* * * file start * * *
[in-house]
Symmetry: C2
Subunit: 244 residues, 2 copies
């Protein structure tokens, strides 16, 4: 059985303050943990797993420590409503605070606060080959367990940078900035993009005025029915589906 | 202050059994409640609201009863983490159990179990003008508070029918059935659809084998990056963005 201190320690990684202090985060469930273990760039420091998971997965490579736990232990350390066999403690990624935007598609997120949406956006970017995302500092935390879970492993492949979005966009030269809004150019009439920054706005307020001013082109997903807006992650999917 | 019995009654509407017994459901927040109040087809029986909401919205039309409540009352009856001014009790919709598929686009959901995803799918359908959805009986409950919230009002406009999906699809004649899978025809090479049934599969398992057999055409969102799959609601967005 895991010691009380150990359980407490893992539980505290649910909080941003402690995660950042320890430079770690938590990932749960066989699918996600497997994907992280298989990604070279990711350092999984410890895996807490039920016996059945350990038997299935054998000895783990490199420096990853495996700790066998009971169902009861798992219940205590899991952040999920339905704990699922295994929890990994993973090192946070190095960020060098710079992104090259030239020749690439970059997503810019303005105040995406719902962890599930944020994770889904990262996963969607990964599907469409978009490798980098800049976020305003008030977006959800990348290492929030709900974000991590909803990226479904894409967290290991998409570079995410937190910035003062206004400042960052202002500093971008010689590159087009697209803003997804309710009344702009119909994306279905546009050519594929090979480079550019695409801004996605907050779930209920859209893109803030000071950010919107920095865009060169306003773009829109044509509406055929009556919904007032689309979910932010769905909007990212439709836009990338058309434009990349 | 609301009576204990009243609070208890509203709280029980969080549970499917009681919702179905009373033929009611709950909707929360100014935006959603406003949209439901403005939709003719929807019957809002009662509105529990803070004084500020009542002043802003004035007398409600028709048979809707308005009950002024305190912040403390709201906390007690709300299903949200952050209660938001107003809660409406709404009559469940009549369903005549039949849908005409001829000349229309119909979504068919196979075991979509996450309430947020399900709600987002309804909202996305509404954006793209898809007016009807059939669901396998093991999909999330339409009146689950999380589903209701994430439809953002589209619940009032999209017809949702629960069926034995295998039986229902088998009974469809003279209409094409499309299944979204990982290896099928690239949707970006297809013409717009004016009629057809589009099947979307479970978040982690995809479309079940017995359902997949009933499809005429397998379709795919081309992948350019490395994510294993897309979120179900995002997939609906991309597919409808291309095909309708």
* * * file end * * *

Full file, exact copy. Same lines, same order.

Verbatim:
[in-house]
Symmetry: C2
Subunit: 244 residues, 2 copies
């Protein structure tokens, strides 16, 4: 059985303050943990797993420590409503605070606060080959367990940078900035993009005025029915589906 | 202050059994409640609201009863983490159990179990003008508070029918059935659809084998990056963005 201190320690990684202090985060469930273990760039420091998971997965490579736990232990350390066999403690990624935007598609997120949406956006970017995302500092935390879970492993492949979005966009030269809004150019009439920054706005307020001013082109997903807006992650999917 | 019995009654509407017994459901927040109040087809029986909401919205039309409540009352009856001014009790919709598929686009959901995803799918359908959805009986409950919230009002406009999906699809004649899978025809090479049934599969398992057999055409969102799959609601967005 895991010691009380150990359980407490893992539980505290649910909080941003402690995660950042320890430079770690938590990932749960066989699918996600497997994907992280298989990604070279990711350092999984410890895996807490039920016996059945350990038997299935054998000895783990490199420096990853495996700790066998009971169902009861798992219940205590899991952040999920339905704990699922295994929890990994993973090192946070190095960020060098710079992104090259030239020749690439970059997503810019303005105040995406719902962890599930944020994770889904990262996963969607990964599907469409978009490798980098800049976020305003008030977006959800990348290492929030709900974000991590909803990226479904894409967290290991998409570079995410937190910035003062206004400042960052202002500093971008010689590159087009697209803003997804309710009344702009119909994306279905546009050519594929090979480079550019695409801004996605907050779930209920859209893109803030000071950010919107920095865009060169306003773009829109044509509406055929009556919904007032689309979910932010769905909007990212439709836009990338058309434009990349 | 609301009576204990009243609070208890509203709280029980969080549970499917009681919702179905009373033929009611709950909707929360100014935006959603406003949209439901403005939709003719929807019957809002009662509105529990803070004084500020009542002043802003004035007398409600028709048979809707308005009950002024305190912040403390709201906390007690709300299903949200952050209660938001107003809660409406709404009559469940009549369903005549039949849908005409001829000349229309119909979504068919196979075991979509996450309430947020399900709600987002309804909202996305509404954006793209898809007016009807059939669901396998093991999909999330339409009146689950999380589903209701994430439809953002589209619940009032999209017809949702629960069926034995295998039986229902088998009974469809003279209409094409499309299944979204990982290896099928690239949707970006297809013409717009004016009629057809589009099947979307479970978040982690995809479309079940017995359902997949009933499809005429397998379709795919081309992948350019490395994510294993897309979120179900995002997939609906991309597919409808291309095909309708």